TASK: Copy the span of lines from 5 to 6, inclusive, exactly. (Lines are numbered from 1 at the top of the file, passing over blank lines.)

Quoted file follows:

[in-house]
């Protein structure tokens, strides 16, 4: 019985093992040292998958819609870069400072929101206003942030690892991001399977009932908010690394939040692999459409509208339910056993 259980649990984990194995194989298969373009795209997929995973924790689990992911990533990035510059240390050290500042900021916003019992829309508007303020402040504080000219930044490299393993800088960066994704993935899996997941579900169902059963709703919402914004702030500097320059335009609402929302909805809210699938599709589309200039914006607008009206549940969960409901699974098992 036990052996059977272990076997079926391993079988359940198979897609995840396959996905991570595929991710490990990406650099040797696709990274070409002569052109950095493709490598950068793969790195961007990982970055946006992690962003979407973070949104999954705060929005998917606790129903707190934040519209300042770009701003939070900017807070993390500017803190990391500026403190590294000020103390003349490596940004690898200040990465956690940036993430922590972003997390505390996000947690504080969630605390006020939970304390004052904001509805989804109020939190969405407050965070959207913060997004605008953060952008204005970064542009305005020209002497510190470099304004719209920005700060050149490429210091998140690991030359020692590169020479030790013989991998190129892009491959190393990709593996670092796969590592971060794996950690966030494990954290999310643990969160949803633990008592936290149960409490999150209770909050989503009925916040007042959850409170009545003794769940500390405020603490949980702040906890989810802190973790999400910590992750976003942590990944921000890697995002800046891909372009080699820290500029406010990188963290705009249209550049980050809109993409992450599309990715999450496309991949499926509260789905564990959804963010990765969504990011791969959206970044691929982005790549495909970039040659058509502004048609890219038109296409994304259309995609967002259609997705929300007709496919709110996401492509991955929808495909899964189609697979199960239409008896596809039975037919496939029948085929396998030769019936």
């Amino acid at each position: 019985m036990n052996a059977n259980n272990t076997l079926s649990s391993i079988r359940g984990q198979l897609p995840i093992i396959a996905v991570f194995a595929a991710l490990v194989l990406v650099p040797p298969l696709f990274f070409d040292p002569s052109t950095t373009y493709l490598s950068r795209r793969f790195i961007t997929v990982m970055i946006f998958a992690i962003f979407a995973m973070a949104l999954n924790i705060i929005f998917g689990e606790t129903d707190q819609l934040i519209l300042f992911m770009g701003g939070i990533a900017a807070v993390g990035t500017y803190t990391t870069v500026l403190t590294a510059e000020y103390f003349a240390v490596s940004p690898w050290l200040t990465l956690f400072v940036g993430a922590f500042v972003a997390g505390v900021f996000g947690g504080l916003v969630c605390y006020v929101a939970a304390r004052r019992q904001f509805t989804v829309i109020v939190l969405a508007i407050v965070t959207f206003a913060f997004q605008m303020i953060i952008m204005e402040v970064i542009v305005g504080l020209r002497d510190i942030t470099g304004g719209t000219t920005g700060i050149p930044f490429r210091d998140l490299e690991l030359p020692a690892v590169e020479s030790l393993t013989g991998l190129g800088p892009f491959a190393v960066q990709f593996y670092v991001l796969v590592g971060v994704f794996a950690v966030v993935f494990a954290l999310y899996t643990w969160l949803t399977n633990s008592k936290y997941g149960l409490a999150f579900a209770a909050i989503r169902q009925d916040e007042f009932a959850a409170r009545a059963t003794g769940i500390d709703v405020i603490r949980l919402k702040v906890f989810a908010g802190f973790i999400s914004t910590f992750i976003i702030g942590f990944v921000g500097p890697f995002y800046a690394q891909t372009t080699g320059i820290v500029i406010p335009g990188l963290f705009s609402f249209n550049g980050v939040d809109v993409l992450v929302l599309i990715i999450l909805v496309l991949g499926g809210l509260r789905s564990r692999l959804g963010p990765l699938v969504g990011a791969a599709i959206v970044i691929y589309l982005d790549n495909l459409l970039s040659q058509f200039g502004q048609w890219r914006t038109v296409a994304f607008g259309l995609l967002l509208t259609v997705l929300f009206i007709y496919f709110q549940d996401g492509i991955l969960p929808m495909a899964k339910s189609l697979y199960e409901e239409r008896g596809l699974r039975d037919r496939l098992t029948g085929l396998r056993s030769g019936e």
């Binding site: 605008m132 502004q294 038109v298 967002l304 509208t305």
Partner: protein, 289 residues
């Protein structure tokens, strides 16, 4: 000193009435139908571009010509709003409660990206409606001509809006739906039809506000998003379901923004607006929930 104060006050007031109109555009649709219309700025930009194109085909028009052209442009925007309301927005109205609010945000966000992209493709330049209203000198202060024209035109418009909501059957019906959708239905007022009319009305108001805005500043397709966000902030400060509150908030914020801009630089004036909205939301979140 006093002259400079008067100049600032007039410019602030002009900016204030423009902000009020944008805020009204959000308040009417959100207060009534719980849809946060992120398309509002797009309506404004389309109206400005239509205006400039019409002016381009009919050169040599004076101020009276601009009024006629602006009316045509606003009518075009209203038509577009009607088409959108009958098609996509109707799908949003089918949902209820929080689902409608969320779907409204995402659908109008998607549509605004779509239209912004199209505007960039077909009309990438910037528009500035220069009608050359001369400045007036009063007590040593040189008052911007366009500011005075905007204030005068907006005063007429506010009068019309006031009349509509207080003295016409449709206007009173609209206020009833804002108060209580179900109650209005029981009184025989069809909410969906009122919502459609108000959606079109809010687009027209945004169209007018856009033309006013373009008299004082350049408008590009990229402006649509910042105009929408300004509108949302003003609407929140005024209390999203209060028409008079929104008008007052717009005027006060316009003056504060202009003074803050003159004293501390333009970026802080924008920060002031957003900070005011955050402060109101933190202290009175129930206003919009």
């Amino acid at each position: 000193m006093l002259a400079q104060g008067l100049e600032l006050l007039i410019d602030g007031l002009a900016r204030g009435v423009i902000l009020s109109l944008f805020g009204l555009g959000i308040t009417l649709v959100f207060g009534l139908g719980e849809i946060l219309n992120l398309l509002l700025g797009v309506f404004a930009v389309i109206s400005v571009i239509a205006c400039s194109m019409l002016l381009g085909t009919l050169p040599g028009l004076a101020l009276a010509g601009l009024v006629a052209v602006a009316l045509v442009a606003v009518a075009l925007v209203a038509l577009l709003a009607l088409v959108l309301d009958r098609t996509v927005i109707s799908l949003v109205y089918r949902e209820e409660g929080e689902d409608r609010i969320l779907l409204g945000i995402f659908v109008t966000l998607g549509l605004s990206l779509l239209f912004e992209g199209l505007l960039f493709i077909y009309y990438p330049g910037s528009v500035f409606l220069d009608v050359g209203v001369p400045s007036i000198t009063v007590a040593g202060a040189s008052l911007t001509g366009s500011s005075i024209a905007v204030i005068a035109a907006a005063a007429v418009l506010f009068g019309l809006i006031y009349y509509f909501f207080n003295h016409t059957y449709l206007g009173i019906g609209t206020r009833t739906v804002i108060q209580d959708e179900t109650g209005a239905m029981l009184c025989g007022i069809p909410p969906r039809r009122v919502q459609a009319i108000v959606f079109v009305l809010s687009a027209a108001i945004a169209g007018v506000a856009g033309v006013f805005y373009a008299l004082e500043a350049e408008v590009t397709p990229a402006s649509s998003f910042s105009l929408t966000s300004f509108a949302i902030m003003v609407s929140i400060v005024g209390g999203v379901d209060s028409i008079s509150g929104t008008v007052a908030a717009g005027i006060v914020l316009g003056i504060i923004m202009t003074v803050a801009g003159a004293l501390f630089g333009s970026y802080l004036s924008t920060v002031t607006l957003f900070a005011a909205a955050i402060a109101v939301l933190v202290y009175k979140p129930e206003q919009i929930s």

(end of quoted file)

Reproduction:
Partner: protein, 289 residues
């Protein structure tokens, strides 16, 4: 000193009435139908571009010509709003409660990206409606001509809006739906039809506000998003379901923004607006929930 104060006050007031109109555009649709219309700025930009194109085909028009052209442009925007309301927005109205609010945000966000992209493709330049209203000198202060024209035109418009909501059957019906959708239905007022009319009305108001805005500043397709966000902030400060509150908030914020801009630089004036909205939301979140 006093002259400079008067100049600032007039410019602030002009900016204030423009902000009020944008805020009204959000308040009417959100207060009534719980849809946060992120398309509002797009309506404004389309109206400005239509205006400039019409002016381009009919050169040599004076101020009276601009009024006629602006009316045509606003009518075009209203038509577009009607088409959108009958098609996509109707799908949003089918949902209820929080689902409608969320779907409204995402659908109008998607549509605004779509239209912004199209505007960039077909009309990438910037528009500035220069009608050359001369400045007036009063007590040593040189008052911007366009500011005075905007204030005068907006005063007429506010009068019309006031009349509509207080003295016409449709206007009173609209206020009833804002108060209580179900109650209005029981009184025989069809909410969906009122919502459609108000959606079109809010687009027209945004169209007018856009033309006013373009008299004082350049408008590009990229402006649509910042105009929408300004509108949302003003609407929140005024209390999203209060028409008079929104008008007052717009005027006060316009003056504060202009003074803050003159004293501390333009970026802080924008920060002031957003900070005011955050402060109101933190202290009175129930206003919009």